New Poll Shows Just 41 Percent Favor Sonia Sotomayor for Supreme Court Post

National   |   Steven Ertelt   |   Jul 31, 2009   |   9:00AM   |   WASHINGTON, DC

New Poll Shows Just 41 Percent Favor Sonia Sotomayor for Supreme Court Post

by Steven Ertelt Editor
July 31
, 2009

Washington, DC ( — A new Rasmussen poll finds just 41 percent say they favor adding appeals court judge Sonia Sotomayor on the Supreme Court. The Senate is expected to vote on her confirmation next week — and will likely confirm her — to replace retiring pro-abortion Justice David Souter.

Leading pro-life organizations oppose the Sotomayor nomination because they say she will likely advocate abortion on the high court.

The Rasmussen telephone survey of Americans finds 41 percent believe Sotomayor should be confirmed, while 37 percent oppose her confirmation.

A large contingent of those polled, 21 percent, aren’t sure whether the Senate should confirm the woman who would become the first Hispanic on the high court.

There’s been little change in voters’ views of Sotomayor since the end of her Senate Judiciary Committee confirmation hearings nearly two weeks ago. At that time, Rasmussen found 43 percent favored her confirmation and 39 percent were opposed.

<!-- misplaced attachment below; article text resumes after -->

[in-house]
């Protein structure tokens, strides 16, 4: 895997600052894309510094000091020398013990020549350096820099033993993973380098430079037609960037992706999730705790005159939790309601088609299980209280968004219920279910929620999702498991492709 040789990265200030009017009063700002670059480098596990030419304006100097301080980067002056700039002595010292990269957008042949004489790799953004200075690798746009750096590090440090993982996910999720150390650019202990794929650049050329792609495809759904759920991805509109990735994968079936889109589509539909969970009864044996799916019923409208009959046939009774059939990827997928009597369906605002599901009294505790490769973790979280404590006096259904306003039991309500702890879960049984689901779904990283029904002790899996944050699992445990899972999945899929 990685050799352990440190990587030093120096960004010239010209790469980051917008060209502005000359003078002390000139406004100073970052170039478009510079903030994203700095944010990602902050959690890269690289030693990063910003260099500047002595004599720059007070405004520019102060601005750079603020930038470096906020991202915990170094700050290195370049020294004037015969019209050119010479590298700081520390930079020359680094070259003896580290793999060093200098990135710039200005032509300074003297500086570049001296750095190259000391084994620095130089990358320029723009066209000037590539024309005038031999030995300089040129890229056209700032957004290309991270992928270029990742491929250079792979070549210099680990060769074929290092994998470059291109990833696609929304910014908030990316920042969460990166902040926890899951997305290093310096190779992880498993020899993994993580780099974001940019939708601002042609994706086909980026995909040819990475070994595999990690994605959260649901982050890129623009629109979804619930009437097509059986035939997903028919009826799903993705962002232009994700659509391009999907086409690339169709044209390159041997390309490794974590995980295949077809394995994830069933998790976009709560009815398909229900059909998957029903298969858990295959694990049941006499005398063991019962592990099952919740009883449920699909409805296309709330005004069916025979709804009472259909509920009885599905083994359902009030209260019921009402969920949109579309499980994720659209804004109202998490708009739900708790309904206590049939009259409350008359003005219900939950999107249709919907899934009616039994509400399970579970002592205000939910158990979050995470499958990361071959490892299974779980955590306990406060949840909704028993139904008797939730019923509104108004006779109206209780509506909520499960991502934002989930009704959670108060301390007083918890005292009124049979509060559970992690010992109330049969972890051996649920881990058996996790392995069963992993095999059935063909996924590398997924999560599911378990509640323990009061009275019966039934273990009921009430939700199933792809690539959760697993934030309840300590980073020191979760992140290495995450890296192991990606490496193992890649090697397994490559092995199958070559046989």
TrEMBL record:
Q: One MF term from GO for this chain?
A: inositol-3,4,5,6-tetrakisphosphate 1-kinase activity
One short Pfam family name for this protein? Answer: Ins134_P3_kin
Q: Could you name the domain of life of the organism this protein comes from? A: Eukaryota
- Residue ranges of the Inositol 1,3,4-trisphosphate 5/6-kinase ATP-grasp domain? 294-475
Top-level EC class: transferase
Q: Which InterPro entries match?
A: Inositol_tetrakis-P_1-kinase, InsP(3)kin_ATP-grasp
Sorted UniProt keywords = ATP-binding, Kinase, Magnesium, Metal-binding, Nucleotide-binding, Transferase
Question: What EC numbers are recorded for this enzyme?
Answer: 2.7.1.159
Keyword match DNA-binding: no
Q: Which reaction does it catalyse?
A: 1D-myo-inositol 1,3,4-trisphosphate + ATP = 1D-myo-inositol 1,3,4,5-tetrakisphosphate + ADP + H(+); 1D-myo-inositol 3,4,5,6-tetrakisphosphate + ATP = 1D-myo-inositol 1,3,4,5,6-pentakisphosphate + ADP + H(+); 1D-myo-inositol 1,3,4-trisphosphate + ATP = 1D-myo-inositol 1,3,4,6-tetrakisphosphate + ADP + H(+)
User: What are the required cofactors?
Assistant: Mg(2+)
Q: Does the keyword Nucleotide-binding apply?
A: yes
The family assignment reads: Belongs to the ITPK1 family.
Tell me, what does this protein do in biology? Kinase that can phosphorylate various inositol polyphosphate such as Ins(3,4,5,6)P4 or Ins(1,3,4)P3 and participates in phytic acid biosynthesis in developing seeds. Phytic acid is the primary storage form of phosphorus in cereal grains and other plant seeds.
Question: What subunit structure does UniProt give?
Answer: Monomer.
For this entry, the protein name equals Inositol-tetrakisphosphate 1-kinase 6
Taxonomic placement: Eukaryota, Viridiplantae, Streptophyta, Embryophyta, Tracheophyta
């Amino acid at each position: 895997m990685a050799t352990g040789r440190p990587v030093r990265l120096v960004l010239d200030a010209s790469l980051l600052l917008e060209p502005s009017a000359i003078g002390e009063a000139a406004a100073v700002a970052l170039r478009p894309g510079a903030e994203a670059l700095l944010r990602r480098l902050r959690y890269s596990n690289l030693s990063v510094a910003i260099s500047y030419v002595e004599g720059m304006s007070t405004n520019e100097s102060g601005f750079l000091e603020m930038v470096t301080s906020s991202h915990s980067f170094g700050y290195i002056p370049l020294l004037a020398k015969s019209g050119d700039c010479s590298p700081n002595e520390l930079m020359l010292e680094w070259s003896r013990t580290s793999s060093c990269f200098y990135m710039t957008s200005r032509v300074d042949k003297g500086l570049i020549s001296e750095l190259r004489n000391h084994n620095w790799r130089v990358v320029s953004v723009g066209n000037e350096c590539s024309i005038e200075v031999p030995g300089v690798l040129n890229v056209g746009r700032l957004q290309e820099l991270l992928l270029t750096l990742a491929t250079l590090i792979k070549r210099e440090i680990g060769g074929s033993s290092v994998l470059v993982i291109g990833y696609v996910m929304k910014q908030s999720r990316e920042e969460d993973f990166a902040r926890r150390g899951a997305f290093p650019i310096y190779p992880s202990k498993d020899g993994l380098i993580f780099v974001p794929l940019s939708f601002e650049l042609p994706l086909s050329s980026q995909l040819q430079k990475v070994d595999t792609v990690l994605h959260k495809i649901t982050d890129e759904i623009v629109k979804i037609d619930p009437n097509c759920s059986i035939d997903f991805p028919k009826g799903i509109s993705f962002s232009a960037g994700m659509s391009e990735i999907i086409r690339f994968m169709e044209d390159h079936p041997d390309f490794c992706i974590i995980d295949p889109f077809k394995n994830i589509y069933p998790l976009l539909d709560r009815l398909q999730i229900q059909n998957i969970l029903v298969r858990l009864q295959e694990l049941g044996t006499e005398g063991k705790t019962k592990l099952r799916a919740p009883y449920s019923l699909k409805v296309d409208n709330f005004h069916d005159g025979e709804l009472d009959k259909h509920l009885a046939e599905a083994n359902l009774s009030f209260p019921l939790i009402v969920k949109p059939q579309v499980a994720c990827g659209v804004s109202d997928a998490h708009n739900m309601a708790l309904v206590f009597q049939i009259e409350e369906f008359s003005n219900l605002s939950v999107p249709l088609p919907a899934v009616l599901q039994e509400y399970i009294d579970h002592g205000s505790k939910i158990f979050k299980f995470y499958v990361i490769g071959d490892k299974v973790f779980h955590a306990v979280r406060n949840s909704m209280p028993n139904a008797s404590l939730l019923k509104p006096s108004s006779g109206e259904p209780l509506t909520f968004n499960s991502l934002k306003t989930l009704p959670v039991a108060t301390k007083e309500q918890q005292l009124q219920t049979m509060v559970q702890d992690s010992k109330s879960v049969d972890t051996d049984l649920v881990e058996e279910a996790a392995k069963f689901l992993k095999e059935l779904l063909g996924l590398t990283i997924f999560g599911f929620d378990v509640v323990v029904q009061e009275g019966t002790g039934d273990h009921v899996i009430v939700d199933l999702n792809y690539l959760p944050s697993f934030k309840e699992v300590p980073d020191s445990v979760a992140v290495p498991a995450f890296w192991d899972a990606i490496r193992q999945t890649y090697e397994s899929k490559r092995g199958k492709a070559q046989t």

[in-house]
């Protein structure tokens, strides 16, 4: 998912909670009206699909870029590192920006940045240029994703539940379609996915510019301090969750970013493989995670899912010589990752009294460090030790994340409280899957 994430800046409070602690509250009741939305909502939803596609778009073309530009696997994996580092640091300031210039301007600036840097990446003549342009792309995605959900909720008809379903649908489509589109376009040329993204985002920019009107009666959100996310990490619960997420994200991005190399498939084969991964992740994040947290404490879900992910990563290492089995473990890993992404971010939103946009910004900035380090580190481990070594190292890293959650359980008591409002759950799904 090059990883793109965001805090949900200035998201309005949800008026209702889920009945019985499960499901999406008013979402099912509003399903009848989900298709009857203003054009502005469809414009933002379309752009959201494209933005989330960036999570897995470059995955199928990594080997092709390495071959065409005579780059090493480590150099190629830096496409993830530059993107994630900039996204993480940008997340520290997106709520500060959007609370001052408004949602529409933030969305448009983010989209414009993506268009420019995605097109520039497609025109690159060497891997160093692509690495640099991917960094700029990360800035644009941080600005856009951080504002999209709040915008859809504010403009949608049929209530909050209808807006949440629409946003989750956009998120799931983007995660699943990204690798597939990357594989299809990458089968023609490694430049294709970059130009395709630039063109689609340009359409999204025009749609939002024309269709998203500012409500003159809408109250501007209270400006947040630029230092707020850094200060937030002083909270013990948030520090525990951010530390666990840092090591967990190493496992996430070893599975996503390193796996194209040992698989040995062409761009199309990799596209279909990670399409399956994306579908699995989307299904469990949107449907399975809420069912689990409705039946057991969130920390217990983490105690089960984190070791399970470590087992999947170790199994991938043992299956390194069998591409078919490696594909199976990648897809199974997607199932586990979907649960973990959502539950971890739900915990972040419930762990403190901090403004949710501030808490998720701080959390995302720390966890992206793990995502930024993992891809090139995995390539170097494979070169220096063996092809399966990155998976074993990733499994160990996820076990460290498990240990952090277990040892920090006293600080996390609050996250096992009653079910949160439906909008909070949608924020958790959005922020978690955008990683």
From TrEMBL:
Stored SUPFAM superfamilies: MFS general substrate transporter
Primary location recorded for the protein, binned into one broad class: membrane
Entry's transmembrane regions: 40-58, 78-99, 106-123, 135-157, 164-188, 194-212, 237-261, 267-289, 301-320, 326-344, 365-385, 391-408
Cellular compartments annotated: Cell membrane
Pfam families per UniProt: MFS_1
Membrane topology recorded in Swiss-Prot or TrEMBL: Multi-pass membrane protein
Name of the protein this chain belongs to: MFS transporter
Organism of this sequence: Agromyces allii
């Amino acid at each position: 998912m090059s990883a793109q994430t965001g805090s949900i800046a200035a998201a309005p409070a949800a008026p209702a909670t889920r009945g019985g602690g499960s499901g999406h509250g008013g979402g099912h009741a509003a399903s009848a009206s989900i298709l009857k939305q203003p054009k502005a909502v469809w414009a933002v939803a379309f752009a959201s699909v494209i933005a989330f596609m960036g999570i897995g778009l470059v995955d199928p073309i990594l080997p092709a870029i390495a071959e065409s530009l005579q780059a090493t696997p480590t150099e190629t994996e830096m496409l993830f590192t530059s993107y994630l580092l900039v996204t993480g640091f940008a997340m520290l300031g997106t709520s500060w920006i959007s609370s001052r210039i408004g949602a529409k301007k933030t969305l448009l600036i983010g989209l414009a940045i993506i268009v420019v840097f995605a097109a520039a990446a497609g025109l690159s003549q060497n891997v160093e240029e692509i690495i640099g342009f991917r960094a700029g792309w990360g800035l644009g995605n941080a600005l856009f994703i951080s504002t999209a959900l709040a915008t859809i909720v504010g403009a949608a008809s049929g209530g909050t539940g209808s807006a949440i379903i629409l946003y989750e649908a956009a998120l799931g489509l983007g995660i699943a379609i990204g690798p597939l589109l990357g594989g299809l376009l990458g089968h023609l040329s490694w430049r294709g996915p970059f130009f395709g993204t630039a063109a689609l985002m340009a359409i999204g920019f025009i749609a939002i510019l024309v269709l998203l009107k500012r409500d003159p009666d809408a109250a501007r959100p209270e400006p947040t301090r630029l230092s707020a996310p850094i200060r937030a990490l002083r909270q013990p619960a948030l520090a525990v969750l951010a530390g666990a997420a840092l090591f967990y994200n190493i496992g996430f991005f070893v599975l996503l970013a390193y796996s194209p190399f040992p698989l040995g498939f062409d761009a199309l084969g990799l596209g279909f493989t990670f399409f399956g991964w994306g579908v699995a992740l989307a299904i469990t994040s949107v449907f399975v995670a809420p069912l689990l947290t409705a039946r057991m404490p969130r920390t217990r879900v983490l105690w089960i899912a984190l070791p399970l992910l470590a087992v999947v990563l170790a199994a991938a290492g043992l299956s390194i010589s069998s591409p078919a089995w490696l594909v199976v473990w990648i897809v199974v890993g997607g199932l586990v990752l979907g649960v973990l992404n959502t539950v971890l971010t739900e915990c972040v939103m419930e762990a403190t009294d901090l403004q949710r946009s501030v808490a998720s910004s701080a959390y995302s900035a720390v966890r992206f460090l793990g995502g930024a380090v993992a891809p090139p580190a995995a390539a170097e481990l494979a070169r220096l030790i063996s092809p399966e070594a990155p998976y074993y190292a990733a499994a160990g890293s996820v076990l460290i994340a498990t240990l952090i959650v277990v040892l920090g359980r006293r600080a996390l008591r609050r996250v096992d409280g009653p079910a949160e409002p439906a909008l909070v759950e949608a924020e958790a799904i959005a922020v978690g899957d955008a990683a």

On Tuesday, the Senate Judiciary Committee approved President Barack Obama’s first Supreme Court nomination on a 13-6 mostly party-line vote. Sen. Lindsey Graham, a pro-life Republican from South Carolina, joined the panel’s Democrats to back Sotomayor.

The new Rasmussen poll found a largely party-line position on Sotomayor among Americans with 60 percent of Democrats backing her bid and 62 percent of Republicans opposed. Independent voters are evenly split on her confirmation.

Forty-five percent of voters have a favorable opinion of Sotomayor, while 48% view her unfavorably and 51 percent say Sotomayor is a liberal while 29% view her as a moderate. Just four percent of Americans say Sotomayor is conservative in her legal approach and 16 percent are unsure.

Looking at the current Supreme Court, which has, at minimum, a 5-4 composition in favor of unlimited abortions under roe v. Wade, 31 percent of voters say the high court is too liberal while just 20 percent say it is too conservative.

Other polls have also found Americans split on Sotomayor.

A Zogby poll released earlier this week showed, of those voters who say they have learned enough about Sotomayor to make a decision, 49 percent favor her confirmation and 49 percent oppose it.

Even Hispanic voters are roughly split on Sotomayor, as 47 percent favor her confirmation and 43 percent oppose it.

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